SATIRE: UW football team disbands permanently after Apple Cup loss

Apple Cup takes rightful place in Pullman

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KESTRA ENGSTROM

Honestly, after losing to the ultimate underdogs in such a fashion, UW had no other choice.

KESTRA ENGSTROM, Evergreen Opinion Editor

Two weeks ago, the Cougs headed to Husky Stadium in Seattle to face off against the University of Washington’s football team in the annual Apple Cup match-up. When they left the football field that night, the college football scene in the state of Washington would never be the same again.

WSU beat UW 40-13, ending a seven-year Apple Cup losing streak for the Cougs. They emerged victorious in Seattle for the first time since 2007 and snatched the biggest win over UW in the history of the rivalry.

In the heat of the moment, elated WSU fans stormed the field. Faced with an unusual new precedent as their rival’s fans rushed their field, UW could not keep them away. The Huskies were penalized $25k due to PAC-12 rules prohibiting fans from rushing the field.

Rather than pay the embarrassing fine and truly submit to WSU football’s prowess this season, last Sunday UW’s Athletic Director, Jennifer Cohen, made a shocking announcement — UW has opted to disband their football team permanently.

“We just … don’t really know how to come back from this,” Cohen said at a press conference on Sunday after making the announcement.

It is unknown what will become of the team’s staff, budget, players or franchise in general. In fact, nearly nothing is known about what will become of anything at all.

The whole decision seems like it was very rushed — although it probably was not as rushed as the football was Friday night whenever it was in the hands of WSU running back Max Borghi.

Without a football team, the fate of the infamous WSU versus UW rivalry remains unknown as well. Perhaps another team will swoop in and intercept the empty spot against WSU, just like the Cougs intercepted the ball four times against UW that Friday night.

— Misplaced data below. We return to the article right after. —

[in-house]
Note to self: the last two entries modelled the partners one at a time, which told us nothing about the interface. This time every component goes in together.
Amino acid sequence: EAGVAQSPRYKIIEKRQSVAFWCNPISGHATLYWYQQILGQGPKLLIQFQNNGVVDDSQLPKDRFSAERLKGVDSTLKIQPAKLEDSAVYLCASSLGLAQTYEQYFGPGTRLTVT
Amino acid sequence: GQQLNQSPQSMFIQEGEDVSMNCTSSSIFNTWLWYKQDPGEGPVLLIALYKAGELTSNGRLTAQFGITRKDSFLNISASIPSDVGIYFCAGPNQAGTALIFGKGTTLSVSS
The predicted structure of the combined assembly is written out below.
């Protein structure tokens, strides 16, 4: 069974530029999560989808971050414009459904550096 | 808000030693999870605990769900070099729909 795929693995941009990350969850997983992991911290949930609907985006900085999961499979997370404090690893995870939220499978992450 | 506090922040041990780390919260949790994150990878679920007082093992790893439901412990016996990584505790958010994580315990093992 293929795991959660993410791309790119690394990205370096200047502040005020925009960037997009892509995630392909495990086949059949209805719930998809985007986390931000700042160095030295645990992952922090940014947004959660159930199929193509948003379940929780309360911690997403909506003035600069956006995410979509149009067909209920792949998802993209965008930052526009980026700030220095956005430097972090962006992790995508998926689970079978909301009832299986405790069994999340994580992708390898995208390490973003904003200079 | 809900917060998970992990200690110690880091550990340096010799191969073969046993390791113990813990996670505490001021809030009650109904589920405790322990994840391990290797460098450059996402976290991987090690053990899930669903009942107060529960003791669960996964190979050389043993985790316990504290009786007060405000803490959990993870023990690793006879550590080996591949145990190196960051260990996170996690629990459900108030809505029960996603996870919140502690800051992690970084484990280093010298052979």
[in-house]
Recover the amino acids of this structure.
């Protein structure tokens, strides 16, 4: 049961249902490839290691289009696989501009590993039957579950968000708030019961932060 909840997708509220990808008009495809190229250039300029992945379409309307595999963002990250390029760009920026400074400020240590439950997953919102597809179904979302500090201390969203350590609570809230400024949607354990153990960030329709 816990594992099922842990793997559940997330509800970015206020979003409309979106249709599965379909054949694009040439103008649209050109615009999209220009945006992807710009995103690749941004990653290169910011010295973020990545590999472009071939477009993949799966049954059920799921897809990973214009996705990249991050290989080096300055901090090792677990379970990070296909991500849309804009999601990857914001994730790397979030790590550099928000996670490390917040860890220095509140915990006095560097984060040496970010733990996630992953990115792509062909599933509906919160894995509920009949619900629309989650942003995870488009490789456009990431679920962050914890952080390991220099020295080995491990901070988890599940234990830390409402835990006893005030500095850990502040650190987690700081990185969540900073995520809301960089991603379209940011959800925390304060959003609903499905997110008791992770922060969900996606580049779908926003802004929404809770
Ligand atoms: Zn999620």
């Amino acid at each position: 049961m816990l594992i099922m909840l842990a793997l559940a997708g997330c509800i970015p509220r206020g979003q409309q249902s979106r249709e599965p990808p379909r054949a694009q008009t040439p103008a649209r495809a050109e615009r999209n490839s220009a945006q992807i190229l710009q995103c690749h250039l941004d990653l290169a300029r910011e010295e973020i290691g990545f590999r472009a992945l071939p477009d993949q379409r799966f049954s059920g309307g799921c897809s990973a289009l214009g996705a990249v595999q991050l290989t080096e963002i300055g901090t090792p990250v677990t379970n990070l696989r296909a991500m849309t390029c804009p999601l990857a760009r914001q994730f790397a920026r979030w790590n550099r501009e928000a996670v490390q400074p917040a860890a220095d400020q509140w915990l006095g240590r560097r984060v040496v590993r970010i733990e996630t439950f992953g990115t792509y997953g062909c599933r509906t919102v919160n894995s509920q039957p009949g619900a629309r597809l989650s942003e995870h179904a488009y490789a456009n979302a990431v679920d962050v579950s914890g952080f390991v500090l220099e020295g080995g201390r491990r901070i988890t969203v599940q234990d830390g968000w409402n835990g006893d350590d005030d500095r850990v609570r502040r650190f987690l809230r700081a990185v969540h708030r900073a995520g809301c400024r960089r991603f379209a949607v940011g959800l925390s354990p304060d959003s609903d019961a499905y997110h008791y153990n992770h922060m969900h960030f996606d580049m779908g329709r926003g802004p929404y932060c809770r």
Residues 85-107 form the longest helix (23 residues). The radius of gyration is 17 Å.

The Cougs should extend credit for the win to former interim — and now head — coach Jake Dickert.

Dickert took over after the firing of former head coach, Nick Rolovich, in October for his refusal to follow state-wide vaccine mandates. The incredible Apple Cup win, and pretty much everything else accomplished by the team under Dickert, proves that vaccines really do save lives.

At the end of the game, amid a sea of Coug fans, freshman quarterback Jayden de Laura planted a Coug flag right in the middle of Husky Stadium’s Alaska Airlines Field, driving the victory into the very heart of Seattle and Husky fans.

So what is next for the Cougs?

Although they missed a chance to play in the upcoming PAC-12 Championships in Las Vegas, their season is not over yet. WSU players and fans are now on the edge of their seats anxiously awaiting the announcement of where they will be headed this winter to play in a PAC-12 Bowl Game.

“Everyone’s saying we’re going to the Sun Bowl in El Paso, Texas,” said Taia Butch, sophomore sports management major. “But I really just want to focus on the Apple Cup for a little while longer.”

While our football team and Coug fans everywhere celebrate this incredible victory, let us all take a moment for what was once our rival school.

May they rest without peace, reliving this absolute shutdown from the Cougs long into the future. It is a shame they could not stand to face us again next year.

Apparently, UW would rather lose everything then lose this bad to WSU again.